July 4 (Bloomberg) -- Prices for U.S. homes may climb as soon as the third quarter, ending declines as foreclosures decline make more home available for sale, Housing and Urban Development Secretary Shaun Donovan said.
“It’s very unlikely that we will see a significant further decline,” Donovan said yesterday on CNN. “The real question is when will we start to see sustainable increases. Some think it will be as early as the end of this summer or this fall.”
Home sales have increased in six out of the past nine months and the number of property owners in default is declining, Donovan said on CNN’s “State of the Union” program. Housing prices will begin rising as the number of foreclosures declines, he said.
“In the long run, it’s a good time to buy,” Donovan said. “It’s so affordable today compared to where it’s been for generations.”
Contracts to buy previously owned U.S. homes rose 8.2 percent in May, following a revised 11 percent drop in the previous month, the National Association of Realtors said on June 29. A separate report by the Chicago-based group on June 21 showed sales of existing houses, which make up about 96 percent of the market, declined in May to a six-month low.
Home prices fell 4 percent in April from a year earlier, the biggest drop in 17 months for the S&P/Case-Shiller index of values in 20 cities.
An estimated 1.7 million U.S. homes were in the foreclosure process and expected to be put on the market as of April, down 18 percent from the peak, as fewer loans entered delinquency and more distressed homes were sold, CoreLogic Inc. said in a report on June 22.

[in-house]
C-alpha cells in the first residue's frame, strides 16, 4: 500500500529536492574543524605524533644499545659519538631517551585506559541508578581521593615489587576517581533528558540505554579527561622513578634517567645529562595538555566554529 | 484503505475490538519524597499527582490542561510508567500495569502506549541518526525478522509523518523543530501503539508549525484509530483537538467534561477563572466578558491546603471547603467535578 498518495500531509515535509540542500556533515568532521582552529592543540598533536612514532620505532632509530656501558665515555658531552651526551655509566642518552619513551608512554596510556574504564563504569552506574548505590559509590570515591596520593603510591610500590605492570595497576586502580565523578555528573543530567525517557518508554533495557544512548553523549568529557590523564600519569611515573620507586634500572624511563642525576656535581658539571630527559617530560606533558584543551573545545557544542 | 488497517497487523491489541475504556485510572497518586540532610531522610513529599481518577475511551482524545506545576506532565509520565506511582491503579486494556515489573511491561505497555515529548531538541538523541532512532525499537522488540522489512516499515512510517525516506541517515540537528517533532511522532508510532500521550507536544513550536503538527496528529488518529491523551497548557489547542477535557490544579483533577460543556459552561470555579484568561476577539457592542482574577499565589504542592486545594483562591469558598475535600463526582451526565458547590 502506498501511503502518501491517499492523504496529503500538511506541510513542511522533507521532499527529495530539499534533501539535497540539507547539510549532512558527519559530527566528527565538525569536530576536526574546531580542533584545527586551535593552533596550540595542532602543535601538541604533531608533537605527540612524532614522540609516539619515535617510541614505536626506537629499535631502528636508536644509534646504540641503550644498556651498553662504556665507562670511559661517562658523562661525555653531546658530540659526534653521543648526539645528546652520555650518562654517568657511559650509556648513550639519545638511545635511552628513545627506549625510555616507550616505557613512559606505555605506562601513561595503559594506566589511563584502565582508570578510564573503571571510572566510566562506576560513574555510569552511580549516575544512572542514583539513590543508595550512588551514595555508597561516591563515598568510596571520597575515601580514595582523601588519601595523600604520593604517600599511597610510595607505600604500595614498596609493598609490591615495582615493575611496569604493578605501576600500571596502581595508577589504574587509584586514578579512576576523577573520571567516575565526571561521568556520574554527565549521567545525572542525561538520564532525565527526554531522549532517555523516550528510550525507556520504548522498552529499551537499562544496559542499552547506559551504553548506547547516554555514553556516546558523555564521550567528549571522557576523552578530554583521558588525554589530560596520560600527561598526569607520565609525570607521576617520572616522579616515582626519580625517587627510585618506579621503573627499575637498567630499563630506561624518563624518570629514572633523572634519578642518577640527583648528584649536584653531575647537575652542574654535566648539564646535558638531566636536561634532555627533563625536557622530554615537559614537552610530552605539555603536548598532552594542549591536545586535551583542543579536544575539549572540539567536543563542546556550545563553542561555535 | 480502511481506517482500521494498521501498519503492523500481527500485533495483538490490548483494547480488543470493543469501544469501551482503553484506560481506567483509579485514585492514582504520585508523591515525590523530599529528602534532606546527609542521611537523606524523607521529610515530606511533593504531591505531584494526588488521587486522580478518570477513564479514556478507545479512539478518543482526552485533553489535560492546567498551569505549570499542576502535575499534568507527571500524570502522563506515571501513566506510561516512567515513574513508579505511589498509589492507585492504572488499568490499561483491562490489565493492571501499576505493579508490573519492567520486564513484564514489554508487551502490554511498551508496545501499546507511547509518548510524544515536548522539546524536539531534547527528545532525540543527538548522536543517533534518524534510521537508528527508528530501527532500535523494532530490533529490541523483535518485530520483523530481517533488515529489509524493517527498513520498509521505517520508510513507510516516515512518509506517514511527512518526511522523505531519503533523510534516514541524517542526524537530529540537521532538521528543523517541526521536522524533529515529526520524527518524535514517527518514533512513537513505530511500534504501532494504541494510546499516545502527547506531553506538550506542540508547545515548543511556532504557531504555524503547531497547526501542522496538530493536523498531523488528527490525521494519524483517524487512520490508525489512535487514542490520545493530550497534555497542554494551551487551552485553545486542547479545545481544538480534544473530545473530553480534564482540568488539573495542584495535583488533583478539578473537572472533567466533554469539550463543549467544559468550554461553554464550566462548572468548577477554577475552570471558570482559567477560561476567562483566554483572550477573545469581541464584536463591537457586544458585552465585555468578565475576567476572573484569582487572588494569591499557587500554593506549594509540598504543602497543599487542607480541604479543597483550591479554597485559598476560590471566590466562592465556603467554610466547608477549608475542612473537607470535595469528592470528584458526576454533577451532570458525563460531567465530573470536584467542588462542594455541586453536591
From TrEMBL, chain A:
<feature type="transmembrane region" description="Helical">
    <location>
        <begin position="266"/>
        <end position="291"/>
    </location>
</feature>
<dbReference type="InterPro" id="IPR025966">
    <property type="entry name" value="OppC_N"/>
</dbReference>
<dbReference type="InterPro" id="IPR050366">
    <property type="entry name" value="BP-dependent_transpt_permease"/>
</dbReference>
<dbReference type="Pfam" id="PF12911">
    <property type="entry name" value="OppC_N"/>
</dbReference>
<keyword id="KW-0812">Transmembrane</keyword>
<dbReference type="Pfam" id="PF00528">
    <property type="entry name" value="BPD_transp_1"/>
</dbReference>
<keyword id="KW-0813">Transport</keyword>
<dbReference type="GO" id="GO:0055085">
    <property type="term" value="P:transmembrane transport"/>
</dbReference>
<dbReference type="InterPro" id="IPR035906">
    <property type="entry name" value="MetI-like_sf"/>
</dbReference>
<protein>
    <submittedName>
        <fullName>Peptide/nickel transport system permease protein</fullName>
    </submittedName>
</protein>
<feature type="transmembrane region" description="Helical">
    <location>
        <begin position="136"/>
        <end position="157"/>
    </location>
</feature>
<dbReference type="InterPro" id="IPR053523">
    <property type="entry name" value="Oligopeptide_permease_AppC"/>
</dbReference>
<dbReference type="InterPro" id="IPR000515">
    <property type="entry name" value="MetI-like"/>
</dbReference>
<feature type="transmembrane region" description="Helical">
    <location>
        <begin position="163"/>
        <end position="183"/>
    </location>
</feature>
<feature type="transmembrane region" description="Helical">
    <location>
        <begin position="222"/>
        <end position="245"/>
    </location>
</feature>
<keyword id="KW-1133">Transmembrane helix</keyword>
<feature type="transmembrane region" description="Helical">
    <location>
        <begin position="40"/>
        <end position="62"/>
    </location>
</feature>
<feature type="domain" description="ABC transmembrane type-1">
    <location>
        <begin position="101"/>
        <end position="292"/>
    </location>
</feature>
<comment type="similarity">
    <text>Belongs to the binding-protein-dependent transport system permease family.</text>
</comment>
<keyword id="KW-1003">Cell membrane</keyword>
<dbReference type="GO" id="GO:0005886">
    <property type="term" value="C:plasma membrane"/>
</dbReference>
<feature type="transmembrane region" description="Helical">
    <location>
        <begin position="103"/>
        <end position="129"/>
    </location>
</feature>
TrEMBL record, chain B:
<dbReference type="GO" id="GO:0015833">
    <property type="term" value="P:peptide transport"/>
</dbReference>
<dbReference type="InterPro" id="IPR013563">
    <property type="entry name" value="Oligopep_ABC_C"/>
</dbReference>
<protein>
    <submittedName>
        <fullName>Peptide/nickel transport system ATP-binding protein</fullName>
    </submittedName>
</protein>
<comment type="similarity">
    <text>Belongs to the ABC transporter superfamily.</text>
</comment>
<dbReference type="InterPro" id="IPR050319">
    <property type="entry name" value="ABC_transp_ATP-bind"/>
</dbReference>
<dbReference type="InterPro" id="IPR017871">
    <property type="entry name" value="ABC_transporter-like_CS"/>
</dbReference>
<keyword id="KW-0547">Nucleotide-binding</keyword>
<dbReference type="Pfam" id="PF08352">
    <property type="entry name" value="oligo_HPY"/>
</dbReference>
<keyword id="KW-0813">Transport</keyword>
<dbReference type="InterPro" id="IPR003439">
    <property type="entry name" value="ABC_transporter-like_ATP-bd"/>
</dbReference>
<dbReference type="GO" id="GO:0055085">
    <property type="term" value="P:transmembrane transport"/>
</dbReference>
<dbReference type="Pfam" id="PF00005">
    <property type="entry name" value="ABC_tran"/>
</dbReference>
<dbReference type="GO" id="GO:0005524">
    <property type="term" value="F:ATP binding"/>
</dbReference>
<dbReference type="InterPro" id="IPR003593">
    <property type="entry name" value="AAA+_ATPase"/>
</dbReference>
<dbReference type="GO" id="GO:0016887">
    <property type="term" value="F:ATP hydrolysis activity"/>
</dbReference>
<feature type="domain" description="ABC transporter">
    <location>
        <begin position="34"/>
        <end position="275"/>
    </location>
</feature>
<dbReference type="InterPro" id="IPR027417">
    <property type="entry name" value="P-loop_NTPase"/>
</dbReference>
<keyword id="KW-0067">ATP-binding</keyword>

The so-called shadow inventory represented a five-month supply at the current sales pace, the Santa Ana, California-based real-estate information company reported. The inventory’s size is a barometer of housing-market health because foreclosed homes sell for lower prices and falling values discourage buying, said Sam Khater, CoreLogic’s chief economist.
Donovan said lenders are adding requirements “that don’t make sense” for risky borrowers after the government, through the Federal Housing Administration, raised the minimum down payments for a house purchase.
“We can’t over correct,” Donovan said. “We can’t go so far in the other direction that we cut off homeownership for people who really can be successful homeowners.”
Encouraging home ownership should avoid giving buyers an expectation of making $1 million overnight, Donovan said. “We can get back to the place where it’s a good investment and we will be able to make money over time.”
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